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Volume 2, Issue 62: The One About Season Two of "The Will Leitch Show"

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Illustration for article titled Volume 2, Issue 62: The One About Season Two of The Will Leitch Show

Satchel Paige died on June 8, 1982, at the age of 75.

June 8, 2019

This last week, we wrapped up Season Two of Sports Illustrated’s “The Will Leitch Show.” I’ve said this before, but in all seriousness, it really does bear repeating, particularly for anyone who might be new here: I do not understand why I get to have a talk show and consider every episode a little bit of a cosmic prank on the universe. I mean, even the name of the show itself is meant to be ironic: The only reason to name something “The Will Leitch Show” is to make fun of any show that would presume to have someone’s name in the title. That “The Will Leitch Show” could exist is absurd on its face. I was on Don Van Natta’s podcast earlier this year, and he asked me “how has your show succeeded where Bill Simmons’ didn’t?” I told him, “well, it actually mattered how many people watched Bill’s show. No one would ever have such unrealistic expectations for mine.”

This is not to say I do not want people to watch it, or that I do not think it has value. I and the staff work very hard on it, and I’m proud to say it is, in most senses, exactly the sort of show I want to do, written by me precisely how I think it should be written. Sports Illustrated obviously values it enough to keep paying me to do it, and I want to make sure I give them a good show that is worth paying for. But the DIY aspect of the show, the idea that it’s not trying to reinvent the wheel or be some sort of weekly desperate plea for virality, is a large part of its appeal. I did not get into this career to do television: I’m here to write. I say yes to television because it typically opens the door to more writing opportunities and because I enjoy trying to get better at something that does not come naturally to me. But this is not the goal. I get to talk to smart, funny people about smart, funny things in a way I find interesting and hope that other people do as well. That seems enough. I’m not sure how to do anything more than that.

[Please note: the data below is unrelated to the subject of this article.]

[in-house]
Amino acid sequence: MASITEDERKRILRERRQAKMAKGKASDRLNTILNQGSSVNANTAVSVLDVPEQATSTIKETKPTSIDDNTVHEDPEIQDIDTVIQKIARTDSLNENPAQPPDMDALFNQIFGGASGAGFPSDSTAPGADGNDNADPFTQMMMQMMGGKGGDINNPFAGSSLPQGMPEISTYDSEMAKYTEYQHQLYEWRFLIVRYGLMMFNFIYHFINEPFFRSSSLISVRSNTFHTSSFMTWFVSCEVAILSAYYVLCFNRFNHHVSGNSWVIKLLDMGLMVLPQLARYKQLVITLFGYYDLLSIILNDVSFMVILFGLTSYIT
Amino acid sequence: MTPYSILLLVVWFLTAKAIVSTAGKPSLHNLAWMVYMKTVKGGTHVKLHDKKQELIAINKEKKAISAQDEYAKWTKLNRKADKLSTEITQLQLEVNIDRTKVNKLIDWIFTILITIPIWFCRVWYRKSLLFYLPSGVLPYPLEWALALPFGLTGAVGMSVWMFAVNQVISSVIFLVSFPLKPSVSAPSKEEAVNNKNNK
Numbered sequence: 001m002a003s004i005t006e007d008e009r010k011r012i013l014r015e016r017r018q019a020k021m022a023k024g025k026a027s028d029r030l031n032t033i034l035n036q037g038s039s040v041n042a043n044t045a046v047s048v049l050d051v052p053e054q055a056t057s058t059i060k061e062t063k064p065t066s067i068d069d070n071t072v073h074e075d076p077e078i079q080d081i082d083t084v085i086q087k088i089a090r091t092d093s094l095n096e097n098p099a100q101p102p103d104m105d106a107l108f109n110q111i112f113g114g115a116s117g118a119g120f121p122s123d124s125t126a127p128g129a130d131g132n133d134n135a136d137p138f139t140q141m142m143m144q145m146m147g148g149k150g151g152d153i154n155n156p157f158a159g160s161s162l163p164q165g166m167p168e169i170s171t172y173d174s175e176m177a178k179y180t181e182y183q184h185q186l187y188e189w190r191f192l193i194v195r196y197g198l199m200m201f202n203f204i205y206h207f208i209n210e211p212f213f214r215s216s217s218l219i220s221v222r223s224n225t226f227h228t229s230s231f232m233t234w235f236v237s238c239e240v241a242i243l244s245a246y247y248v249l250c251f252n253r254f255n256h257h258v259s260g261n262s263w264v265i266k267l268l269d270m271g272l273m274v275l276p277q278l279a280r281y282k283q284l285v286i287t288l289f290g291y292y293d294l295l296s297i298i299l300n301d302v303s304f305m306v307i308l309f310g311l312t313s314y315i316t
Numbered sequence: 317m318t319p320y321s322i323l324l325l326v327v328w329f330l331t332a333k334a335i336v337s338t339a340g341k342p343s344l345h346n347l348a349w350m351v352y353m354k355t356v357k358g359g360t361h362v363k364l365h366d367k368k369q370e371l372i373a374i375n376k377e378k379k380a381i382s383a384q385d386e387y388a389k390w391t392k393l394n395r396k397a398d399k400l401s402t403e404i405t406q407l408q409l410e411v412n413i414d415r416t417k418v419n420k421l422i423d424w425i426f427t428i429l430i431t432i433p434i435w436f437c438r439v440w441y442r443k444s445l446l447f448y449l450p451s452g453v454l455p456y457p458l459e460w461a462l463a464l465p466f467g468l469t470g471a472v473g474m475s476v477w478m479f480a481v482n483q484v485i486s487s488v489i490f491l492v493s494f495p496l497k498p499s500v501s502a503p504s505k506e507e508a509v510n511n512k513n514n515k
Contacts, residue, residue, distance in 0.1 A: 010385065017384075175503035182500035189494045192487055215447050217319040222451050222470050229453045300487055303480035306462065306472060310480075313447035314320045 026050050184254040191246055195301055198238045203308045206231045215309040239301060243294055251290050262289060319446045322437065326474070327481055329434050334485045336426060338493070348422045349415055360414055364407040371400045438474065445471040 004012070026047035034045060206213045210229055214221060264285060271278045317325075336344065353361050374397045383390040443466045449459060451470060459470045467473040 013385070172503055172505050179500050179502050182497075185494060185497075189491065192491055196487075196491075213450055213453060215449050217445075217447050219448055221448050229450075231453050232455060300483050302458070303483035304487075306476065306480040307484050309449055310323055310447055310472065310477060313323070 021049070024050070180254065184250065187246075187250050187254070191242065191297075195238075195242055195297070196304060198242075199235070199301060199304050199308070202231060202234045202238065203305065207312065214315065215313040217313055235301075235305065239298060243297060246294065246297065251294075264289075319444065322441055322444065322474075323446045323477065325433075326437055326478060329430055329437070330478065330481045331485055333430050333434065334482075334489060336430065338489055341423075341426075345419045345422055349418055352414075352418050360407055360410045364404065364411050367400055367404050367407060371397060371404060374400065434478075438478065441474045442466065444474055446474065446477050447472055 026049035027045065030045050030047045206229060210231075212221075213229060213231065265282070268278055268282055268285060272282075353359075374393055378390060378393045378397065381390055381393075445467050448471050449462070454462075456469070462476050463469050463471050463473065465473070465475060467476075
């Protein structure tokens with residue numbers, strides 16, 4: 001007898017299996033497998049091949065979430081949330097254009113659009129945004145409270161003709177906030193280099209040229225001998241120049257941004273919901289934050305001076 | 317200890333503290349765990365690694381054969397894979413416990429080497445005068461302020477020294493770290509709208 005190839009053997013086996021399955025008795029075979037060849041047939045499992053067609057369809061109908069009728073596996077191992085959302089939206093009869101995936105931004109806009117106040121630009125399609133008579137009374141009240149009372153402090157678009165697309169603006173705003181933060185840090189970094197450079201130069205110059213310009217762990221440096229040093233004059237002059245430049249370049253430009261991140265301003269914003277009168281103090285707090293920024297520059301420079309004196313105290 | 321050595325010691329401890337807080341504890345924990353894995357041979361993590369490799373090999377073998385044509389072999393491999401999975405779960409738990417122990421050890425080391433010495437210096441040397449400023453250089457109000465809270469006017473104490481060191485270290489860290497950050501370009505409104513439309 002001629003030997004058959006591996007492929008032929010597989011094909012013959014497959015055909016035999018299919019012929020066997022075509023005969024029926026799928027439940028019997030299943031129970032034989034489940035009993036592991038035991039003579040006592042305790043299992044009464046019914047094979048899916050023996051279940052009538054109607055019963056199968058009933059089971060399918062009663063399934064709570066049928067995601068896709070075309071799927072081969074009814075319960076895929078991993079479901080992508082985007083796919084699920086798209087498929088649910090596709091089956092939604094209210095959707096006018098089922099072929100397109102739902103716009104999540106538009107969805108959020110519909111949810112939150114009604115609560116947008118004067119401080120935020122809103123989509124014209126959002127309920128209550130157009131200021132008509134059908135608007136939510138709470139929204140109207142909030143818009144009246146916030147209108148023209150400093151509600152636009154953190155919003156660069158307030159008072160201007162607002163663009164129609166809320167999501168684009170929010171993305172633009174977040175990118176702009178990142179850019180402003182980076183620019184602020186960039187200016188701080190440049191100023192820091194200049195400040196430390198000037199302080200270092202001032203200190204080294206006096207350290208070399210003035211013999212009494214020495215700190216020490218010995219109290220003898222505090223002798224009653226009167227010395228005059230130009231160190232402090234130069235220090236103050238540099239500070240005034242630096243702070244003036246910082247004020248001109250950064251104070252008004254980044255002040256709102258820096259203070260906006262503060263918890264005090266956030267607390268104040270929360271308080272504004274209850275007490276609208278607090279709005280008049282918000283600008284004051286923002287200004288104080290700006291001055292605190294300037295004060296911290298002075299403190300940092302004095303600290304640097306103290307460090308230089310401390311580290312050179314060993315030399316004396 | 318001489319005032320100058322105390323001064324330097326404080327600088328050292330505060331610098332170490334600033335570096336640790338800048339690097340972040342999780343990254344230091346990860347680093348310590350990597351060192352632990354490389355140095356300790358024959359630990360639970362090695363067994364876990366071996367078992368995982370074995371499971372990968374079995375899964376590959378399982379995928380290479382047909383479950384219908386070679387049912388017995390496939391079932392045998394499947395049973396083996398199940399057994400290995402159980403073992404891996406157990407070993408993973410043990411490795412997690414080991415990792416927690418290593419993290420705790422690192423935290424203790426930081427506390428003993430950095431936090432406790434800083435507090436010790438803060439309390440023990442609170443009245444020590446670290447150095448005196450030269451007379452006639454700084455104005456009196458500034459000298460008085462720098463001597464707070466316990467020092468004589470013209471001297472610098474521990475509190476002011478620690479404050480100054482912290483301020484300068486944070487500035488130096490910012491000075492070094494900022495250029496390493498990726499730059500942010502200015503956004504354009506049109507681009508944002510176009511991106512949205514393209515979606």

Illustration for article titled Volume 2, Issue 62: The One About Season Two of The Will Leitch Show

Anyway, Season Three begins in September, and, as is tradition around this here newsletter, we wrap up each season with a show-by-show recap of the season that just ended. We did 29 shows in Season One, but only 10 in Season Two. So the good news for you is that this newsletter will be considerably shorter than that one was.

You can watch all of these shows on or Amazon Prime. There is a small monthly fee to subscribe to, but there’s many other shows you get for that fee, not just mine. I’m hesitant to ask you all to pay for anything from this newsletter — and besides, I need to save up my chits for you all to pre-order the book when it comes out — but I bet if you give the channel a shot, you won’t be disappointed.

Illustration for article titled Volume 2, Issue 62: The One About Season Two of The Will Leitch Show

Episode One: Andre Holland

The star of “High Flying Bird” and “Moonlight” was not only funny and engaging, he even dealt with this incredibly awkward set that we jettisoned two episodes in. I still miss my desk — I miss my desk — but this setup made us feel like we were sitting in each other’s laps.

Episode Two: Russell Hornsby

Hornsby, who’s so great in “The Hate U Give,” has a “The Will Leitch Show” distinction: The show he was there to promote has already been canceled. That’s the Will Leitch touch!

Episode Three: Jason Jones